On the reconciliation process

Published 03.11.2014 02:25

Just like the waves of democratization processes in countries, reconciliation processes, like the one going on in Turkey, have their own waves and life cycles. In Turkey, the first wave took place with democratizing reforms that provided ground for free speech and the freedom of expression; the second wave was the overcoming of the monolithic security-only paradigm in Ankara's approach to the Kurdish issue, which provided the opportunity to see the problem in a more broader perspective and the third wave was the political will on both sides that led to the emergence of the process itself. These waves did not take place without interruption. So far there were several reverse waves to derail this process, including the leaking of the Oslo tapes and attempts to restore the security paradigm to the problem. The Turkish government took significant political risks and public opinion in Turkey and the region stand behind the process itself. Some of the progress from the reform process in Turkey became almost irreversible, such as reforms in free speech and emerging paradigms to approach conflicts in the region. However, the reconciliation process, and especially some phases of it, may face reverse waves as a result of the developments in the last few weeks that put the process into risk.

Since the beginning of the process, its health has depended on the synchronization of certain steps or an agreed schedule of movements and, very significantly, continued public support both in Turkey in general and in the region in particular. The end of the security perspective was a major step that the political structure in Turkey took in order to change the paradigm of the handling of ethnic conflict. Instead of thinking in military terms and instead of considering the problem as merely a "fight against terrorism," Ankara took major steps to bring the problem to a political dimension. However, this process also necessitated the disarming of the PKK and the elimination of violent methods and illegitimate tactics and operations pursued by the organization and its offshoots. For a particular period of time, the PKK seemed to abide by these principles and stopped using violent methods. But more recently the PKK started to act in a more opportunistic way and tried to take advantage of regional conflicts and internal problems in Turkey in order to raise the threshold and slow down its withdrawal.

The Kobani conflict in this case was a major turning point. During this period, PKK forces not only returned to their default settings and used violent methods but also heightened their constant threats of ending the reconciliation process. Especially during the Oct. 7 demonstrations, it not only aimed to endanger public order but actively used force against rival groups in many southeastern cities. More than 40 people died during these demonstrations, some at the hands of PKK-affiliated groups. In the same period, the People's Democratic Party (HDP) also exhibited the same level of political opportunism by mobilizing the masses to take to the streets against the government and endorsed street politics in the midst of the reconciliation process. Both the HDP and PKK were unclear about what they were expecting from the government as a result of these demonstrations. Accusing Turkey of the conflict in Kobani and threatening public order in a country that opened its borders to more than 180,000 residents of Kobani in a single week was not a rational way to react. In the aftermath of these events, several Turkish soldiers were killed while walking on the busiest streets of the cities in the region. Meanwhile, there are increasing rumors about increasing PKK activity in cities closer to the Iraqi border. Public order in the region has been one of Ankara's red-lines in the process and any attempt to challenge them and shake the new paradigm can endanger the process as a whole. If street politics and violent tactics are followed instead of political dialogue or will, then it would change the course of the process and transform the discourse of the problem.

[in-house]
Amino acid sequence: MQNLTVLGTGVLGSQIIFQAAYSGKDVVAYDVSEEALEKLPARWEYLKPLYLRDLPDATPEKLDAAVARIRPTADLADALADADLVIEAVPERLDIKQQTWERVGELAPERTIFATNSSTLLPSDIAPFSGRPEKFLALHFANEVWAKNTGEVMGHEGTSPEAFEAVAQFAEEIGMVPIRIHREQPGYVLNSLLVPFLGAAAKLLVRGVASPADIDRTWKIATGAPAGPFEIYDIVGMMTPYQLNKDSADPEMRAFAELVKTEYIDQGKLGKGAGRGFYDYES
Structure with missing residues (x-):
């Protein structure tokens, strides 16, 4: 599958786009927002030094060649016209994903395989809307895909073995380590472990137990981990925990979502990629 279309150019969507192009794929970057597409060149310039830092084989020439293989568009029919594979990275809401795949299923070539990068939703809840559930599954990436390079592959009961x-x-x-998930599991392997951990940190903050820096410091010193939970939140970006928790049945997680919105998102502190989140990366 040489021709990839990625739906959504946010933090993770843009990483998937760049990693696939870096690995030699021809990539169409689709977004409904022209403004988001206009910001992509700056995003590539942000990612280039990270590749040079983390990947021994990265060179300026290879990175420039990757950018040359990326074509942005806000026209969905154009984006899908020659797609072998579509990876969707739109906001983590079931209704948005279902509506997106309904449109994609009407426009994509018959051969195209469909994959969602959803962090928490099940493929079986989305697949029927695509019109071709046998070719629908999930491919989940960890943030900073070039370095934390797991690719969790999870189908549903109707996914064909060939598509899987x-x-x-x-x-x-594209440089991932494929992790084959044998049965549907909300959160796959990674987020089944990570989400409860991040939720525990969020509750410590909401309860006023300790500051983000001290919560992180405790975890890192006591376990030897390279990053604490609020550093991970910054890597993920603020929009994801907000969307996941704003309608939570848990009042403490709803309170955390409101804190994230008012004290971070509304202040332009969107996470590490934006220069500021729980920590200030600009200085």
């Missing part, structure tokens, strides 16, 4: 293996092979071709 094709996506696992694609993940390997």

The riots during the first week of October did not only hurt the reconciliation process, it may also endanger public support for the process itself. The Kurdish public as well as public opinion in Turkey as a whole have provided a major level of support for the process from the very beginning. The process brought a major improvement to the quality of life of residents during this period. On one hand, the safety and security after the cease-fire helped to normalize life in the region and, on the other, the economic wealth that came with normalization significantly impacts the lifestyle of the people there. In terms of overall public opinion in Turkey, in particular, the end of clashes brought major relief. However, these improvements took place only when the government could overcome the hurdles from the tutelage system and obstacles to democratization. In order to achieve this, public support for the process was very instrumental. And although public opinion of the residents in southeastern Turkey is extremely important, the support of the public in Turkey is also significant for the government to pursue these reforms. At the end of the day, the Justice and Development Party (AK Party) government is accountable for this process and it would be extremely hard for a political party to continue this process in spite of public reluctance or opposition. The political leadership of Kurdish movements needs to understand that they are dealing with a political actor and public opinion in the region and needs to recognize that in part, it is their responsibility to stop the spoilers of peace in the region that may generate a reverse wave.

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